But a new analysis of a fossil specimen from Madagascar, the lizardlike Acerosodontosaurus, suggests that the single supratemporal fossa in this group is an example of convergent evolution, not a true sign of diapsid affinities. The analysis also challenges the use of turtles in phylogenetic reconstruction, since their peculiar morphologies may mask their phylogenetic relationship to other groups in a broader analyses.

This reassessment of the position of Testudines highlights the dangers of using a single character to define a group; the hazards of basing phylogenetic conclusions on a limited dataset; and the difficulties in judging the appropriateness of outgroup choice for wide-ranging, inclusive analyses that attempt to encompass the full diversity of Recent and extinct groups.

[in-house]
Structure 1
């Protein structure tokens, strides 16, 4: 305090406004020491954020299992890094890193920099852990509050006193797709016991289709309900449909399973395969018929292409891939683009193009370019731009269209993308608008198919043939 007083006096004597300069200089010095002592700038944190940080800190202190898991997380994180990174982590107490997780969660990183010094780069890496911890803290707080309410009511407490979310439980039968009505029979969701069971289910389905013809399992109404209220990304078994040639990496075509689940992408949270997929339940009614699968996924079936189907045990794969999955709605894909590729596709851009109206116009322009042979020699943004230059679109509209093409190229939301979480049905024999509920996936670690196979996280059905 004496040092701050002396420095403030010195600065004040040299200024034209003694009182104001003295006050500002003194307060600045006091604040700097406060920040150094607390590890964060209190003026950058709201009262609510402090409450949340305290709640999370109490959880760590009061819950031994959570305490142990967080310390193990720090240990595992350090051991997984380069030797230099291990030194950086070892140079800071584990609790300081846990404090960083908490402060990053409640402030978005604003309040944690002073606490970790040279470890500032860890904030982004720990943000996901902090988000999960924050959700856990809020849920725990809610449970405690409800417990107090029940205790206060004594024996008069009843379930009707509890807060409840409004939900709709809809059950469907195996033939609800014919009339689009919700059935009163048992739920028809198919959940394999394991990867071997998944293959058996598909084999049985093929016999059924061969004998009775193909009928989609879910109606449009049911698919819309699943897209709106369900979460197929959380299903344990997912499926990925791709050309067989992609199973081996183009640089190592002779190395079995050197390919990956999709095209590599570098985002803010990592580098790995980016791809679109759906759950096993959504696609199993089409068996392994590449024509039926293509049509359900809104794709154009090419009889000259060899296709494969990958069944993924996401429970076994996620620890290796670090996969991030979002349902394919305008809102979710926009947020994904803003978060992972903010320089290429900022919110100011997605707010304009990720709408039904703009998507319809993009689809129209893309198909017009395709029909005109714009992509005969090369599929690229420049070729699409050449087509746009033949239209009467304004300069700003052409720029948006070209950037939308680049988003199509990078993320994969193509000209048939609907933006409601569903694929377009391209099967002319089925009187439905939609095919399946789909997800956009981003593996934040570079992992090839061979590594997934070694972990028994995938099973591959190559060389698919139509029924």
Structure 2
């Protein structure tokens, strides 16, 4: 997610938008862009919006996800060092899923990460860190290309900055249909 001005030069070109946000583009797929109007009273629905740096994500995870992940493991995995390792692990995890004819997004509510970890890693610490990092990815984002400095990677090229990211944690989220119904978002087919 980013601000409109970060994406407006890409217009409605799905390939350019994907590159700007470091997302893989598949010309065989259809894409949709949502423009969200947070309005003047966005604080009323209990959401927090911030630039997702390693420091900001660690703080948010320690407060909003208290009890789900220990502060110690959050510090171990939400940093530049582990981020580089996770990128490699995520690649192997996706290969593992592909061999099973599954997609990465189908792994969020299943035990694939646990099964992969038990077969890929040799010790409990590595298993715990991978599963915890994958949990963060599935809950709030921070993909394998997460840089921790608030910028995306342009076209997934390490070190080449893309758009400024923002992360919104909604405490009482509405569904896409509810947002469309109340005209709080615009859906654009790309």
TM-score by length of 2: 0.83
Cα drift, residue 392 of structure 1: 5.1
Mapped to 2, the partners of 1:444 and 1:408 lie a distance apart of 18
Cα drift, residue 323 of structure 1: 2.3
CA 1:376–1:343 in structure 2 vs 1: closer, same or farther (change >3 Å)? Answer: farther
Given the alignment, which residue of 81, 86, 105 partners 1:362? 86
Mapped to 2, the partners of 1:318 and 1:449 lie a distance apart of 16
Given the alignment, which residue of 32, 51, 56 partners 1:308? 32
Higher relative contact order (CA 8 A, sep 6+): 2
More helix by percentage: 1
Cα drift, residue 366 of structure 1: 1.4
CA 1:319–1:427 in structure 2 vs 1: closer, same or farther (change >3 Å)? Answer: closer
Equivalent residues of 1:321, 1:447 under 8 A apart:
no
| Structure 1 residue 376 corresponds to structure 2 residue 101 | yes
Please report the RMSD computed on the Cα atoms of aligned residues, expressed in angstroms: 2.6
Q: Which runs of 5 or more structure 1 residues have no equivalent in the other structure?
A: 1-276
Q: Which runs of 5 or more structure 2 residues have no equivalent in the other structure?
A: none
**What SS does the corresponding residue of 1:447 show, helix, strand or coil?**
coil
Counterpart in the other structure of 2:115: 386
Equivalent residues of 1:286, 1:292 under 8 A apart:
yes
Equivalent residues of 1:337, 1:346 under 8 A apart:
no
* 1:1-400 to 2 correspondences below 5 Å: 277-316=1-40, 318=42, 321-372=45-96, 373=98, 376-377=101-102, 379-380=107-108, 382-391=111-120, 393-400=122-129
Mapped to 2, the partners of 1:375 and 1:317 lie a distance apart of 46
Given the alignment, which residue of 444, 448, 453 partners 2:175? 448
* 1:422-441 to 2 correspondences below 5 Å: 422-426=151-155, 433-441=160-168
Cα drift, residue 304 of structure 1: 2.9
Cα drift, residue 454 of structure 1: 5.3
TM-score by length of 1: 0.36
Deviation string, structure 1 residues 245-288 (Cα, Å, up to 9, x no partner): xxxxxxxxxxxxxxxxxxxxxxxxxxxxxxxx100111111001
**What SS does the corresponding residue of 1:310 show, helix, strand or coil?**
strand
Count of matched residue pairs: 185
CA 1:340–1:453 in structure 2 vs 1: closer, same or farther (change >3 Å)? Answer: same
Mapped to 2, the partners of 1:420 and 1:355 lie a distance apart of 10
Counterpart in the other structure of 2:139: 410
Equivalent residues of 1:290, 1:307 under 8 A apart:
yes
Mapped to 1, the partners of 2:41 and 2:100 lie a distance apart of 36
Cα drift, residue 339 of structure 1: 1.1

The reassessment also supports the idea that diapsid reptiles are sister to anapsids, and that all living reptiles, including crocodiles, belong in class Reptilia. The clade of diapsids, anapsids and Testudines is therefore known as Reptilia (see the dendrogram page). The other major subclass in this group is Lepidosauromorpha, which contains all living lizards and crocodiles.